Volume 10 Supplement 2

Proceedings of the 2012 Sino-American Symposium on Clinical and Translational Medicine (SAS-CTM)

Open Access

Translational toxicology and exposomics for food safety risk management

Journal of Translational Medicine201210(Suppl 2):A41

https://doi.org/10.1186/1479-5876-10-S2-A41

Published: 17 October 2012

Background

China embraces the use of risk analysis in the development of risk-based approaches for the management of public health hazards in food safety. Risk analysis is made up of three components and Figure 1 illustrates the relationship between the three components of risk analysis [1]. Estimating the magnitude and distribution of benefits and costs of particular risk management options may require addressing a myriad of concerns, e.g., changes in the availability or nutritional quality of foods; impacts on consumer confidence in the safety of the food supply or in the food regulatory system [2]. This is a brief introduction on risk management options for dealing with the new outcome from risk assessment approaches in China.
Figure 1

Food safety risk analysis framework

Materials and methods

Traditionally, risk assessment is based on deterministic endpoints, i.e., use of the no observed (adverse) effect level (NO(A)EL) and the mean or high level of exposure. In the 21st century, exposure science has increasingly embraced deterministic models to predict levels of diverse exposures based on categorical data and on measured levels of pollutants in biological fluids and tissues. Increasingly, more probabilistic and distributional methods are included, to characterize the hazard(s) as well as the exposure(s). Investigations of total personal exposure initially employed external measurements of chemicals that can enter the body, which provide the more probabilistic and distributional methods. These approaches allow for more description of variability in the population as well as uncertainty in the risk estimates. Moreover, additional risk assessment outcomes are being reported, such as the margin of exposure (MOE), which gives a relative indication of the level of health concern with actually quantifying the risk [35].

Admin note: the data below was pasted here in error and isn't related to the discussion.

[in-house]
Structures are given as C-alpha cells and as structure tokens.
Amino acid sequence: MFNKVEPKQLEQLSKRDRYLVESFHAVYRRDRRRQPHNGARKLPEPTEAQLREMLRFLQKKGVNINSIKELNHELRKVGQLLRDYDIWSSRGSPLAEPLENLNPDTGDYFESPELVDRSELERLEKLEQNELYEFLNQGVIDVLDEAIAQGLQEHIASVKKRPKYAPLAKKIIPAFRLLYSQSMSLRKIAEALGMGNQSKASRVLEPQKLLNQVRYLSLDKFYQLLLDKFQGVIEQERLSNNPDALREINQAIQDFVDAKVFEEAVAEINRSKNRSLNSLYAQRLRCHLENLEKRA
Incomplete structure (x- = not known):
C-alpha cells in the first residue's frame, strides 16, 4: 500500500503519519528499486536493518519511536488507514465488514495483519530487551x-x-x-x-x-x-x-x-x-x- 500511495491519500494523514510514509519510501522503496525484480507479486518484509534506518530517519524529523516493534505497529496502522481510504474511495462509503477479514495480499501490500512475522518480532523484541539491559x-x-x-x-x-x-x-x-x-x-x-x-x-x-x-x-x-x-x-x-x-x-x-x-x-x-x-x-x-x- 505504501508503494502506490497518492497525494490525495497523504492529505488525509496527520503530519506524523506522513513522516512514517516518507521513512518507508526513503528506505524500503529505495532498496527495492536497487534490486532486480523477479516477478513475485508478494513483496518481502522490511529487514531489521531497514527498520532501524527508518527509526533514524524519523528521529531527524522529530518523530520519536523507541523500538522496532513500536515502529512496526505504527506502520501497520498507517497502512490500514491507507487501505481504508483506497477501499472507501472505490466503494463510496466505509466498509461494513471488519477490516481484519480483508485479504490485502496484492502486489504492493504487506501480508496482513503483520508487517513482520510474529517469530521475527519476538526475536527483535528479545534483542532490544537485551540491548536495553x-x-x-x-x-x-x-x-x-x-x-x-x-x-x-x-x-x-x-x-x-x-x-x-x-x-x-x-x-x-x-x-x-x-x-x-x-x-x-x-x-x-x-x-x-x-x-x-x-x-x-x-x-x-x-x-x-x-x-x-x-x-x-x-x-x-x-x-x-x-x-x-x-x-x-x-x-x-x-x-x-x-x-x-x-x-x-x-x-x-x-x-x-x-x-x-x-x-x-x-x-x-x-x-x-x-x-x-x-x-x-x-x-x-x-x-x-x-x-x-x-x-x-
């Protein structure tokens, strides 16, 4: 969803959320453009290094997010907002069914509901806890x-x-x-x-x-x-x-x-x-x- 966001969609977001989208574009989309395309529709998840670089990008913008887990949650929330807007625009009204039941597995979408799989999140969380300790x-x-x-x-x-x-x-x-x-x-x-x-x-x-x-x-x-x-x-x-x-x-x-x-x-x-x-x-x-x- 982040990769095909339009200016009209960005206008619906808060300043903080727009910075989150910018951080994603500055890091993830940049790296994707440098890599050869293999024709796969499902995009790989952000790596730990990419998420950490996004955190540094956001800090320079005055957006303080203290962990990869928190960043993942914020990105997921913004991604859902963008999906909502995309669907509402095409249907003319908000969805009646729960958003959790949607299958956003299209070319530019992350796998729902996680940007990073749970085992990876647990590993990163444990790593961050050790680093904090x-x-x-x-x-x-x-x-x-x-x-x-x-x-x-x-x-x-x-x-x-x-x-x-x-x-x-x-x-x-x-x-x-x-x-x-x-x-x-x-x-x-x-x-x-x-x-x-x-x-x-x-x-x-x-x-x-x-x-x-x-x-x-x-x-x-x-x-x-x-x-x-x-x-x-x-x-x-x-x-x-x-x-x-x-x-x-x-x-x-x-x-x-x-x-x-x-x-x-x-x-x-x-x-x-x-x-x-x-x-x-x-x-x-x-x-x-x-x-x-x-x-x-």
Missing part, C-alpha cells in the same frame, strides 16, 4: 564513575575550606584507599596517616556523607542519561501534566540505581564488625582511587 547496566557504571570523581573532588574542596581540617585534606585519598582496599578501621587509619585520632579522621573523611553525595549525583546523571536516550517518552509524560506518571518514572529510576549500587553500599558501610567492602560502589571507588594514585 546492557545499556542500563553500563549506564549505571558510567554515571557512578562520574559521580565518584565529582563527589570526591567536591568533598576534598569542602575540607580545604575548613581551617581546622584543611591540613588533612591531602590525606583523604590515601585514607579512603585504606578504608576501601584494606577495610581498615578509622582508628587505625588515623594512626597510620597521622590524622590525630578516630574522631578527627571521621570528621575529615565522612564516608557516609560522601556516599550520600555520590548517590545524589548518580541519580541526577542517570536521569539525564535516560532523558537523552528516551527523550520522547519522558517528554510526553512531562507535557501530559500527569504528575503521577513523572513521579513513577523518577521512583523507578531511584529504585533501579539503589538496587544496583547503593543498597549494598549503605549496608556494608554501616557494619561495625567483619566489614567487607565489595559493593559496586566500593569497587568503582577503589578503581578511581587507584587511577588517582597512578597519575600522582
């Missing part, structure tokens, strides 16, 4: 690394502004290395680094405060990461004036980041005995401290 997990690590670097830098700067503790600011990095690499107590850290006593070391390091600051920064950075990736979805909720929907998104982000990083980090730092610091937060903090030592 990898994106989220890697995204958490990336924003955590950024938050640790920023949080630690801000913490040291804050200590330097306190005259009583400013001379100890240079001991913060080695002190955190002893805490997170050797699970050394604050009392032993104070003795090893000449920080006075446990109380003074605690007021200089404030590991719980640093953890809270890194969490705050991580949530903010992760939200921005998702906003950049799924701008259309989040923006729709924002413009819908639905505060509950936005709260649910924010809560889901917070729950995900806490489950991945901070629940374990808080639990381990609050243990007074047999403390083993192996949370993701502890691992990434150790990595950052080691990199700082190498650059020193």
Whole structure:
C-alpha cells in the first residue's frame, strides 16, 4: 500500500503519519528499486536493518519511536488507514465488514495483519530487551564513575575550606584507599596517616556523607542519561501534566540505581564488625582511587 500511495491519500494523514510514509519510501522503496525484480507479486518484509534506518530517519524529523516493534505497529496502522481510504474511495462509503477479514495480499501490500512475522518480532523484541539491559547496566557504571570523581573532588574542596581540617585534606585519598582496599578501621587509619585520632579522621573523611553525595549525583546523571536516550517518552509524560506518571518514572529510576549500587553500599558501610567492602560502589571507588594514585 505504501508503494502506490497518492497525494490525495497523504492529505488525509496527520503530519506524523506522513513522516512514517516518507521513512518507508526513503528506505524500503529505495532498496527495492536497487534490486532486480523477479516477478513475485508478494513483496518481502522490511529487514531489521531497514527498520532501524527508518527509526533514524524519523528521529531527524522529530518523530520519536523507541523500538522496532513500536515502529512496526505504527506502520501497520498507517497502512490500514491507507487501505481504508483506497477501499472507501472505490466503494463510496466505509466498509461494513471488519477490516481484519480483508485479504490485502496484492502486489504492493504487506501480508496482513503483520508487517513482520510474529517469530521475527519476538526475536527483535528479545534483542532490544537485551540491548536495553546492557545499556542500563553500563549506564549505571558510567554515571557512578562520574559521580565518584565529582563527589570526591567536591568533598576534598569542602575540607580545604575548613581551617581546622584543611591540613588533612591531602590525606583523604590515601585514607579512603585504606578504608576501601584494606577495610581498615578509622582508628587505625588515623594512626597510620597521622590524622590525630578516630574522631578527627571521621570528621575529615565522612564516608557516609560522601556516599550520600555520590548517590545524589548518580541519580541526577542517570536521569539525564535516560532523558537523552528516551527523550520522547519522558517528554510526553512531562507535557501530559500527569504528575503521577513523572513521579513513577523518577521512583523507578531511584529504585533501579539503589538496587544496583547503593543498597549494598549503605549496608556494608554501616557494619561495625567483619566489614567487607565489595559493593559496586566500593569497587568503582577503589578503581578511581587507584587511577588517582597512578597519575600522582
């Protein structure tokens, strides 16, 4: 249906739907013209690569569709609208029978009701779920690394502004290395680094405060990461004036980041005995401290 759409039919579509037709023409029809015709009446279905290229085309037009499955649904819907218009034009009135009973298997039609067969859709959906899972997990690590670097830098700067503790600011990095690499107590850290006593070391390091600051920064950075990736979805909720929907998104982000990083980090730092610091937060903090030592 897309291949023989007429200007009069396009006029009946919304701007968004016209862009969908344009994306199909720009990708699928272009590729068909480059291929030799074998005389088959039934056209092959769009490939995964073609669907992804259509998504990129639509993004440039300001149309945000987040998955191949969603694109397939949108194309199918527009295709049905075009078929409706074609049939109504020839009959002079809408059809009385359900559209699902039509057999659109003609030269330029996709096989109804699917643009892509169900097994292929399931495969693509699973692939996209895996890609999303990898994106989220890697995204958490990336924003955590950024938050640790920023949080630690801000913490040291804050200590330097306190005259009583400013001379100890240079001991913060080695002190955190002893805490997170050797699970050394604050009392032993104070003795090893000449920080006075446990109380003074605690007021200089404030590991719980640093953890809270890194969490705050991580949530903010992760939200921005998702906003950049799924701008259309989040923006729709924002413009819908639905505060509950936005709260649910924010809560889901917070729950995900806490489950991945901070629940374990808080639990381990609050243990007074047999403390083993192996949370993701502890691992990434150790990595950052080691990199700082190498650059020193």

Results

The manner in which health reference guide values (HBGVs) such as the acceptable, tolerance, and reference dose (RfD) are estimated usually generates deterministic values in that they imply a demarcation between what is a “safe” level of exposure (i.e., exposures below the value) versus a “non-safe” level (i.e., exposures above the value). In many instances over the years, these deterministic values have been used as a common “bright line” approach to managing risk. Decision makers and competent authorities use these reference values to set standards and regulations for what are appropriate exposures. If uncertainty and variability be kept in mind, probabilistic modeling (e.g., with distributions around the values) provides risk managers more detailed dose response modeling with greater transparency of the uncertainty surrounding many of these values. To aid the decision, the risk assessment should provide information on the nature and magnitude of uncertainties in both the toxicological and exposure data that make up the inputs to the distributions being modeled.